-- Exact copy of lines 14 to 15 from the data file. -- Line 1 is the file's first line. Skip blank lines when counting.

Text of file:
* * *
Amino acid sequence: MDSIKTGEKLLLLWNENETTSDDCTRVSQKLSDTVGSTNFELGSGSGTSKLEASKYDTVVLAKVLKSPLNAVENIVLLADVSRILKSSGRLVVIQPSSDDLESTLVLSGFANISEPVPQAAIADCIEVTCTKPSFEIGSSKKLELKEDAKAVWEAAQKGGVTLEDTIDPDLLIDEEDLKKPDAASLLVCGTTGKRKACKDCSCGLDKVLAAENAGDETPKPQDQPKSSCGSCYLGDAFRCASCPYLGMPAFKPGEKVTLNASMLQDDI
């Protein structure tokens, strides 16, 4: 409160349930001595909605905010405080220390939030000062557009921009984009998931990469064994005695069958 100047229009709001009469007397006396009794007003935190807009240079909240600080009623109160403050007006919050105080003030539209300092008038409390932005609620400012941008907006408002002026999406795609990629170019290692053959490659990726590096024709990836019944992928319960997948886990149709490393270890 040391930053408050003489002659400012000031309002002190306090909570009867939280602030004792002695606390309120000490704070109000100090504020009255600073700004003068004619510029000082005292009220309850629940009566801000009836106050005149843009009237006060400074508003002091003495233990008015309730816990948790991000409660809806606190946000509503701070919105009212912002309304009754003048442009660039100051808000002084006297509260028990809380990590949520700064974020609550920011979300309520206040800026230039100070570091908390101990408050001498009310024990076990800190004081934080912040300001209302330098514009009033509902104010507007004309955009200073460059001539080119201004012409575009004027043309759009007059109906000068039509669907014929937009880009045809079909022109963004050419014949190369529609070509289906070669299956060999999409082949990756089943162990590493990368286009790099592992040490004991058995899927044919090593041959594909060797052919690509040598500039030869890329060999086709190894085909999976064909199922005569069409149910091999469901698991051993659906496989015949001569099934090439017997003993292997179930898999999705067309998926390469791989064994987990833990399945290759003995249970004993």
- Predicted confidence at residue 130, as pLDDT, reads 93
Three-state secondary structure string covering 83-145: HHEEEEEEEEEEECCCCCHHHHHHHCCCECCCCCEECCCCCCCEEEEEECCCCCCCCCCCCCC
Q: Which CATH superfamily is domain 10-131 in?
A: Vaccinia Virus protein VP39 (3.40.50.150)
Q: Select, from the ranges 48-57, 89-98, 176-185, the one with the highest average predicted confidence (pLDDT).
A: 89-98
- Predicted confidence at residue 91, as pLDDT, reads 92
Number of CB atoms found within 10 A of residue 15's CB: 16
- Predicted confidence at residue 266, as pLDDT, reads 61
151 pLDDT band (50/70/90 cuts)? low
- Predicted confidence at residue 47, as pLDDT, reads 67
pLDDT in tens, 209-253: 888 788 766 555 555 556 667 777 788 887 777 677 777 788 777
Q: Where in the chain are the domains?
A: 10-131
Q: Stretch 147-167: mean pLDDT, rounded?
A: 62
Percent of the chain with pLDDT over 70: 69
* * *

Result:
pLDDT in tens, 209-253: 888 788 766 555 555 556 667 777 788 887 777 677 777 788 777
Q: Where in the chain are the domains?